Along the dry east coast of Bali, traditional salt panners spend their days labouring in the hot sun to produce some of the tastiest sea salt you’ll find. Near Pura Goa Lawah on the coastal road heading to Padang Bai and Candi Dasa, Kusamba is one of the areas where this often arduous work is done. If you are passing by it’s an interesting stop to see how it’s made — and a bag of salt makes a good souvenir. The salt production mostly happens during the drier months, but it’s sometimes possible to see it even during the wet season.
Dotted along the beaches, you may notice greying palm leaf huts that fade against the black sand backdrop and odd-looking rows of half-hollowed out tree trunks. This is where the magic happens. About 500 metres east of Pura Goa Lawah, one of these huts is used by an English-speaking family who can explain the process. They are happy to show you step by step and pose for photos and of course it’s appreciated if you purchase some salt — and even at inflated tourist prices, it’s still a bargain.
So what will you see? First, seawater is collected in home-made yoked baskets and carried halfway up the beach. We don’t know how much water the baskets can hold, but it looks heavy. This seawater is evenly poured over a flat area of raked black sand and left to evaporate for several days. The dry salty sand is gathered and transferred into a series of coconut trunk vats.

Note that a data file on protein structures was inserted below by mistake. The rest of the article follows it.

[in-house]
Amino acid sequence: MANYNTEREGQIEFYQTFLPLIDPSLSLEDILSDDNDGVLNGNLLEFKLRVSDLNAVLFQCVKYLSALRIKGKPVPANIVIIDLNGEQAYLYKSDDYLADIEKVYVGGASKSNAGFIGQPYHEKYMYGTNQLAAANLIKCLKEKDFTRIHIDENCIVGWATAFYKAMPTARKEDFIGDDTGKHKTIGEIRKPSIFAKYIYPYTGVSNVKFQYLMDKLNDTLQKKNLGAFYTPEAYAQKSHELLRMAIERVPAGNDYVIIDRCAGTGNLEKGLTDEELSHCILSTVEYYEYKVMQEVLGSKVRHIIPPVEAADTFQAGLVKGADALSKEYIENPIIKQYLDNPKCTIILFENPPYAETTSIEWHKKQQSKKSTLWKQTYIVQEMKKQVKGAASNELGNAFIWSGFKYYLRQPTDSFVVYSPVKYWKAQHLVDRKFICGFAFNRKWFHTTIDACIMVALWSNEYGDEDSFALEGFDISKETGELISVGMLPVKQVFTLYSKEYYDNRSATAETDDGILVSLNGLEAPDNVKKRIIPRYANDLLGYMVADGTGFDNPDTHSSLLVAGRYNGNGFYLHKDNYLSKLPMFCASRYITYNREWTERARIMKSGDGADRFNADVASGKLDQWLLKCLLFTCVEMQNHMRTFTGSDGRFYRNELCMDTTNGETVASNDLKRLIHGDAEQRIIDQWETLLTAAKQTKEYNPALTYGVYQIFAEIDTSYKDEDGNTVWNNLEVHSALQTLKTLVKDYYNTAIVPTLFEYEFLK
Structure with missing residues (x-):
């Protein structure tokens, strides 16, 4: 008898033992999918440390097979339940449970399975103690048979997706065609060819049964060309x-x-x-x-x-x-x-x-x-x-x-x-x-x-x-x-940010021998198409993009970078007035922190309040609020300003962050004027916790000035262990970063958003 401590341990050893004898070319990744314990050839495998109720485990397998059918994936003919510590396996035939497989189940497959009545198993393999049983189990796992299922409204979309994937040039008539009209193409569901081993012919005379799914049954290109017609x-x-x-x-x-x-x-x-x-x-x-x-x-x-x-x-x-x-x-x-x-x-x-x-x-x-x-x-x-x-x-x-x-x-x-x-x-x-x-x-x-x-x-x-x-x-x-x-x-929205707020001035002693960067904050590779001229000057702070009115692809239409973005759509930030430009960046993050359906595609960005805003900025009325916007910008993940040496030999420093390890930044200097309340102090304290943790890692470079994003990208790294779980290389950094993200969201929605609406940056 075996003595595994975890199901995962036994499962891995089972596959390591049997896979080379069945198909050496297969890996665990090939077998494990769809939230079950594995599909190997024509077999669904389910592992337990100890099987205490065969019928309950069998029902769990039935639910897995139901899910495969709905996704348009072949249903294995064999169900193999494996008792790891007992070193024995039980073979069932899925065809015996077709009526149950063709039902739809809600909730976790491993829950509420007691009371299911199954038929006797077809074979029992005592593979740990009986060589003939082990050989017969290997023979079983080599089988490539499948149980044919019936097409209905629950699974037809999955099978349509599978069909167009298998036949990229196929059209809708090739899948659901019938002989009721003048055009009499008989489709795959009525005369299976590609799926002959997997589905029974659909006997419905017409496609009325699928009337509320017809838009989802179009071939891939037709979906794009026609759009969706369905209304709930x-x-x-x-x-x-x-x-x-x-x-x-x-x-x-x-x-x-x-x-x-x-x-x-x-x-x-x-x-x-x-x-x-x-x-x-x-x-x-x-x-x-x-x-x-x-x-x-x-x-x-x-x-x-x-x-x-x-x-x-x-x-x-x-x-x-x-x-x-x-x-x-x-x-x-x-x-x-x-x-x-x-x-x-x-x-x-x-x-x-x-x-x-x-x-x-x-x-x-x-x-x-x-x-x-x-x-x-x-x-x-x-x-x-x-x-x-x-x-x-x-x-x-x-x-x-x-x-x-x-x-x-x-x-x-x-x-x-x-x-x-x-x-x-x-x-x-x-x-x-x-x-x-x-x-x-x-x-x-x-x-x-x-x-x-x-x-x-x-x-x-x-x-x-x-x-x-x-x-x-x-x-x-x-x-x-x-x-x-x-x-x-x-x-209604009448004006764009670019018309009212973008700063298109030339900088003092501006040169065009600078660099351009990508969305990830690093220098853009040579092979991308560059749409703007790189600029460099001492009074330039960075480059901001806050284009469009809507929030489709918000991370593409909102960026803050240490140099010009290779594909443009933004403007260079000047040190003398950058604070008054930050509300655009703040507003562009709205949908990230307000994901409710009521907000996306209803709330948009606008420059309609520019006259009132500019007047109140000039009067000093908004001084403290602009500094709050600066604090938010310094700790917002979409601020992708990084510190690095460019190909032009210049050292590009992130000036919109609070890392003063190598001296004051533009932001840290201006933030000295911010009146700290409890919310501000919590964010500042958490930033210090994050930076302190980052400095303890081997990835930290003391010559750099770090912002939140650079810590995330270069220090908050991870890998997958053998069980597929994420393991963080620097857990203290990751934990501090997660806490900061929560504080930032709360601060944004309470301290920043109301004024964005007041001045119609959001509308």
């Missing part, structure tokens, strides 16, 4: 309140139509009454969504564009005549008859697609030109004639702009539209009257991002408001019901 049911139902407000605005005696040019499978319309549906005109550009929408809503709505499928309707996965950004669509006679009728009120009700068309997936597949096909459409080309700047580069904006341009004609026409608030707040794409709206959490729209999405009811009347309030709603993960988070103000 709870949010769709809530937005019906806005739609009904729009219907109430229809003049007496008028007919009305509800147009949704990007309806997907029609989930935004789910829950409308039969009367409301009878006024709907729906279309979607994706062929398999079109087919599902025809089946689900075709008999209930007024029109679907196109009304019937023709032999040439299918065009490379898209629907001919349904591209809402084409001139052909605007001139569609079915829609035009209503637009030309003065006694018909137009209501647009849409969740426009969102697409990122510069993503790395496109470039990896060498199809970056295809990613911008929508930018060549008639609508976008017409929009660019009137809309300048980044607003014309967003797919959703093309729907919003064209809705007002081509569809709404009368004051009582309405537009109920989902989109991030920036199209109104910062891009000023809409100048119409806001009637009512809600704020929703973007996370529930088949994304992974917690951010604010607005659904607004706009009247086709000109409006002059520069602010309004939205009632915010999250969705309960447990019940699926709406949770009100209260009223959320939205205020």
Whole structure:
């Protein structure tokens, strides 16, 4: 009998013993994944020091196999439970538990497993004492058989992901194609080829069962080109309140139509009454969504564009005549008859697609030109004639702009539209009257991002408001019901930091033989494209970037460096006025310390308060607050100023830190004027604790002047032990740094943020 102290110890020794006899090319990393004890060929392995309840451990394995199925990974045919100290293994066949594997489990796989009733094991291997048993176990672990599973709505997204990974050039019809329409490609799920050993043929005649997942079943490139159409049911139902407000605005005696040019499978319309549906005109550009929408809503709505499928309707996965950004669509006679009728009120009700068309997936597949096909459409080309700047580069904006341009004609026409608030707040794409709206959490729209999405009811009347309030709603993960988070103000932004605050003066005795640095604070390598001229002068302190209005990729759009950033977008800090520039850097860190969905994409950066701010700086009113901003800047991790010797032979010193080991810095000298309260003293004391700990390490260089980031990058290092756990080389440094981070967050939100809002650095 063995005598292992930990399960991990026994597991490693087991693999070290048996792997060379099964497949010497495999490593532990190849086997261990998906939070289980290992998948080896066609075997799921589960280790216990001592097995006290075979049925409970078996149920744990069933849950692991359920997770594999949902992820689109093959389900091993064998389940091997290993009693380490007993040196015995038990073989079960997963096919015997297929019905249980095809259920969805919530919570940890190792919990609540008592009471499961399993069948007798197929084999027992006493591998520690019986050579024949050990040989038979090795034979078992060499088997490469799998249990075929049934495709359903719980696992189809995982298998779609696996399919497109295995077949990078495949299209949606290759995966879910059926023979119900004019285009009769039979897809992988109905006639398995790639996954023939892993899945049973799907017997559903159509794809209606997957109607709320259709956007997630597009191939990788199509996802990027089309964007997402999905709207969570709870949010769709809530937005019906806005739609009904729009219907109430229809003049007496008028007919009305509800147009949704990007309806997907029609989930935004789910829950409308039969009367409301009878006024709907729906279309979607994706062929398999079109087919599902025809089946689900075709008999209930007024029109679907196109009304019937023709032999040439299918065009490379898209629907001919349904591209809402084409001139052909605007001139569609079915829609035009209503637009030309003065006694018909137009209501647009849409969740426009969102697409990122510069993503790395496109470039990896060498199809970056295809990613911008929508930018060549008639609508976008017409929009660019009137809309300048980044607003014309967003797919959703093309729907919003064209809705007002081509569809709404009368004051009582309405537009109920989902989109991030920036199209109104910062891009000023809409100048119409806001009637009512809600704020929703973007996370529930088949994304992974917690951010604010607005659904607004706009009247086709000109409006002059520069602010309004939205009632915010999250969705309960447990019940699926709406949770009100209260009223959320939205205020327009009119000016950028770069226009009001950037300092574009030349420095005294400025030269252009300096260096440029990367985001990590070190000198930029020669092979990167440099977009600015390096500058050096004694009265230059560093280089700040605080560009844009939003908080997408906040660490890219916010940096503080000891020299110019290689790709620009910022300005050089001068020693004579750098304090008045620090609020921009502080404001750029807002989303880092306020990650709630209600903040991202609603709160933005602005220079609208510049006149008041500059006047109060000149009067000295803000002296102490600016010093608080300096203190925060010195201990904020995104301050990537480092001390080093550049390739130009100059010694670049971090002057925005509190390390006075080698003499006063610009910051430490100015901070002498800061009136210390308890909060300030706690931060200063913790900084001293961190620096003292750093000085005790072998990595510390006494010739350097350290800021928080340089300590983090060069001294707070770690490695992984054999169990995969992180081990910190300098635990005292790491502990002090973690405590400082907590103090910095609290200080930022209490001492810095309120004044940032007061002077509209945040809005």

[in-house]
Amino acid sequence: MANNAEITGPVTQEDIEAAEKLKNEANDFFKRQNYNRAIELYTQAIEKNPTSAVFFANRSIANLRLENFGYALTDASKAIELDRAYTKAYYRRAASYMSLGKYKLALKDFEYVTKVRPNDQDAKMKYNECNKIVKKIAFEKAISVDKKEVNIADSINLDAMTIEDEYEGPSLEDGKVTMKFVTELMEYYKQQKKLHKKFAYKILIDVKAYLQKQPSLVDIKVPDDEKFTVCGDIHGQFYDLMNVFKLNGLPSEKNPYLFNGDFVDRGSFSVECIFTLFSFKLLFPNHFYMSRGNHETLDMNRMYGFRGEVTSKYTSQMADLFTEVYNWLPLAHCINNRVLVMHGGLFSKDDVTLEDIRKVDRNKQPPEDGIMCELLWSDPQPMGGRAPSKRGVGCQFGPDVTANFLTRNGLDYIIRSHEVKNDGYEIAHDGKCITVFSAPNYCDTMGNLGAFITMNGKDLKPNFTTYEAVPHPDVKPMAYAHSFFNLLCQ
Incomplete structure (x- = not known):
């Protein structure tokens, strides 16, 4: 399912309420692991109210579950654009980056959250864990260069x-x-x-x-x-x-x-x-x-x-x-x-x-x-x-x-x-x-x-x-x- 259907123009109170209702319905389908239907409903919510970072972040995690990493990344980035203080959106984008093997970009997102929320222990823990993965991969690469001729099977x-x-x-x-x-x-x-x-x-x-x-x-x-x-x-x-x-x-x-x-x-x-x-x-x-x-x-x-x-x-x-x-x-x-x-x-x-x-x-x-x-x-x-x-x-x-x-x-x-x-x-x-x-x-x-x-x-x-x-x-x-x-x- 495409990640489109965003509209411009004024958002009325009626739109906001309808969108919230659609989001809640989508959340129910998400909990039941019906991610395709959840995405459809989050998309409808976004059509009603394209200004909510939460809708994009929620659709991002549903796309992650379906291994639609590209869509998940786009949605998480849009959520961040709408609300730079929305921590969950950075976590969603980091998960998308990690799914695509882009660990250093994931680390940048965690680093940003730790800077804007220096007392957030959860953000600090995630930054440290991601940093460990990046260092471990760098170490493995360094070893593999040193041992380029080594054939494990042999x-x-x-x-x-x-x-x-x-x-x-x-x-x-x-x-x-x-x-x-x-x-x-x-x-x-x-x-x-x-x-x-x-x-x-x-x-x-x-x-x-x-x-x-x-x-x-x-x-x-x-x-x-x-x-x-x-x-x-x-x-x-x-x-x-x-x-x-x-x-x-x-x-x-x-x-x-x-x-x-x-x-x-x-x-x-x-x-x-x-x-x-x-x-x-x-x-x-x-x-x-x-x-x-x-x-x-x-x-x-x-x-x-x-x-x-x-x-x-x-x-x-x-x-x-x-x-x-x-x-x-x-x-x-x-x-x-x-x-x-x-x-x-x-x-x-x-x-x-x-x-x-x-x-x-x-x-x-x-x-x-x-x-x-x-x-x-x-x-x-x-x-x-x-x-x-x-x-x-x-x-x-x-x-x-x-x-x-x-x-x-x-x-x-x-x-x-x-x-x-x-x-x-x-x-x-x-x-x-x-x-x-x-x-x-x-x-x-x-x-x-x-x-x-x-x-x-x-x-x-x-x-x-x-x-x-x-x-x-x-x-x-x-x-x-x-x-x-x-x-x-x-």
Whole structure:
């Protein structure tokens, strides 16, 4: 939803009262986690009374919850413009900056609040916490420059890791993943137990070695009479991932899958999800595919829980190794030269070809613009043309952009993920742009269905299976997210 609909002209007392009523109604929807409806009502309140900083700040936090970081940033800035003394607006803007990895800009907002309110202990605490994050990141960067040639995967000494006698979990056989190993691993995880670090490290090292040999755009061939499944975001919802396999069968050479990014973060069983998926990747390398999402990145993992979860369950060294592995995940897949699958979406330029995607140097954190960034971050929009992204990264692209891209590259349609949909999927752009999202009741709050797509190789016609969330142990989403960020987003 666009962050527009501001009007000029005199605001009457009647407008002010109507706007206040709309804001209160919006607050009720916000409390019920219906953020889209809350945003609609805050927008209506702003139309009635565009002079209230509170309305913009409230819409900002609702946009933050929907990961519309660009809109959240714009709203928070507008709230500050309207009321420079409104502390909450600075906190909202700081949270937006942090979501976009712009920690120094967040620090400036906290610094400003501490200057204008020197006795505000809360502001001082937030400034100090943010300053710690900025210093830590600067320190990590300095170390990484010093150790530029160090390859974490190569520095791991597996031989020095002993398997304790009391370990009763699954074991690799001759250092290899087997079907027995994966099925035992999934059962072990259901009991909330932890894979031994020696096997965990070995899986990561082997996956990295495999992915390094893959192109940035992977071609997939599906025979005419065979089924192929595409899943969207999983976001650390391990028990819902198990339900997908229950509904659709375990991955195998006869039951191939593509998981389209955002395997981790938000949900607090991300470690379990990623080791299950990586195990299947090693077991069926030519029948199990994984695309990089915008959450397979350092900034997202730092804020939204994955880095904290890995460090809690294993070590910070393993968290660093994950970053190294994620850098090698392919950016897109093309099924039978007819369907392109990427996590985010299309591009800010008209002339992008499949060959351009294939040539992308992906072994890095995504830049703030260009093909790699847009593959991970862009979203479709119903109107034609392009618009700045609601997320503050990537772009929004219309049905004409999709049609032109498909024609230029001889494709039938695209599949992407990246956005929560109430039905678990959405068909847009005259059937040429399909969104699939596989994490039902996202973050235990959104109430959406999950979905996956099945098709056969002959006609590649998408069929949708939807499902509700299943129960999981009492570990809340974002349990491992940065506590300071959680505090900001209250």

More sea water is then poured over the salty sand — this filtering process can be repeated several times, until the briny liquid reaches its briniest. The super briny brine is poured into long hollow tree trunks and left to evaporate completely for a final time. The salt crystals are then scraped up and collected in bamboo baskets. It’s not refined any further, and sometime there are a few grains of black sand or slithers of coconut wood in the mix, but these are easily identified and removed.
From what was once only a subsistence economy, produced mainly for preserving fish, Balinese sea salt is starting to appear in gourmet shops and these days is sold as an artisan product. This elevation is well deserved — the high mineral salt has a complex sweetish taste. We hope that a growth in popularity will mean a growth in the income of these hard-working producers.